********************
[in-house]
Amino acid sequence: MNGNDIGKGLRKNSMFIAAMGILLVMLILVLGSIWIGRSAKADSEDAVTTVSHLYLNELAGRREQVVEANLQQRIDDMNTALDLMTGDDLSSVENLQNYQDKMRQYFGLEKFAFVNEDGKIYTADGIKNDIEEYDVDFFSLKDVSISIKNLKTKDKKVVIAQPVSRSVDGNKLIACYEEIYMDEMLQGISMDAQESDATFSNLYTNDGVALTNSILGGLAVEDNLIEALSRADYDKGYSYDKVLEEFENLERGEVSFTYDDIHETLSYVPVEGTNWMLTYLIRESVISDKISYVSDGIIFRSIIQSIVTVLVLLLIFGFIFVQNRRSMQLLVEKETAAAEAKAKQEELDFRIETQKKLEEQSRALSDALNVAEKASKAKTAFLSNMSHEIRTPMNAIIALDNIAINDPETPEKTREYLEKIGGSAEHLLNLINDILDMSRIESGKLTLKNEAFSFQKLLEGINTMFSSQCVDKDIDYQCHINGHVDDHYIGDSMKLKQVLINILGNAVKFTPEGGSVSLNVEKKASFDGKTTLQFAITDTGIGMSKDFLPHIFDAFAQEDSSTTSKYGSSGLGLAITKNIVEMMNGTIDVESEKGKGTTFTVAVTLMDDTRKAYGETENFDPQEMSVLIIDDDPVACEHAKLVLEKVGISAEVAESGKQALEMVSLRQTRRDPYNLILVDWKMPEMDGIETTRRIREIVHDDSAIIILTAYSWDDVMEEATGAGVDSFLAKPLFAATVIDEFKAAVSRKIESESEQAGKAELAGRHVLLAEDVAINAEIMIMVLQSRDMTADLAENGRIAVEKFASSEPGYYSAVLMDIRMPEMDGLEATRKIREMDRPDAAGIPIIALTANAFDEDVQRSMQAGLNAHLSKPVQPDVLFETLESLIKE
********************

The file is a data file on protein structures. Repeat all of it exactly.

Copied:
[in-house]
Amino acid sequence: MNGNDIGKGLRKNSMFIAAMGILLVMLILVLGSIWIGRSAKADSEDAVTTVSHLYLNELAGRREQVVEANLQQRIDDMNTALDLMTGDDLSSVENLQNYQDKMRQYFGLEKFAFVNEDGKIYTADGIKNDIEEYDVDFFSLKDVSISIKNLKTKDKKVVIAQPVSRSVDGNKLIACYEEIYMDEMLQGISMDAQESDATFSNLYTNDGVALTNSILGGLAVEDNLIEALSRADYDKGYSYDKVLEEFENLERGEVSFTYDDIHETLSYVPVEGTNWMLTYLIRESVISDKISYVSDGIIFRSIIQSIVTVLVLLLIFGFIFVQNRRSMQLLVEKETAAAEAKAKQEELDFRIETQKKLEEQSRALSDALNVAEKASKAKTAFLSNMSHEIRTPMNAIIALDNIAINDPETPEKTREYLEKIGGSAEHLLNLINDILDMSRIESGKLTLKNEAFSFQKLLEGINTMFSSQCVDKDIDYQCHINGHVDDHYIGDSMKLKQVLINILGNAVKFTPEGGSVSLNVEKKASFDGKTTLQFAITDTGIGMSKDFLPHIFDAFAQEDSSTTSKYGSSGLGLAITKNIVEMMNGTIDVESEKGKGTTFTVAVTLMDDTRKAYGETENFDPQEMSVLIIDDDPVACEHAKLVLEKVGISAEVAESGKQALEMVSLRQTRRDPYNLILVDWKMPEMDGIETTRRIREIVHDDSAIIILTAYSWDDVMEEATGAGVDSFLAKPLFAATVIDEFKAAVSRKIESESEQAGKAELAGRHVLLAEDVAINAEIMIMVLQSRDMTADLAENGRIAVEKFASSEPGYYSAVLMDIRMPEMDGLEATRKIREMDRPDAAGIPIIALTANAFDEDVQRSMQAGLNAHLSKPVQPDVLFETLESLIKE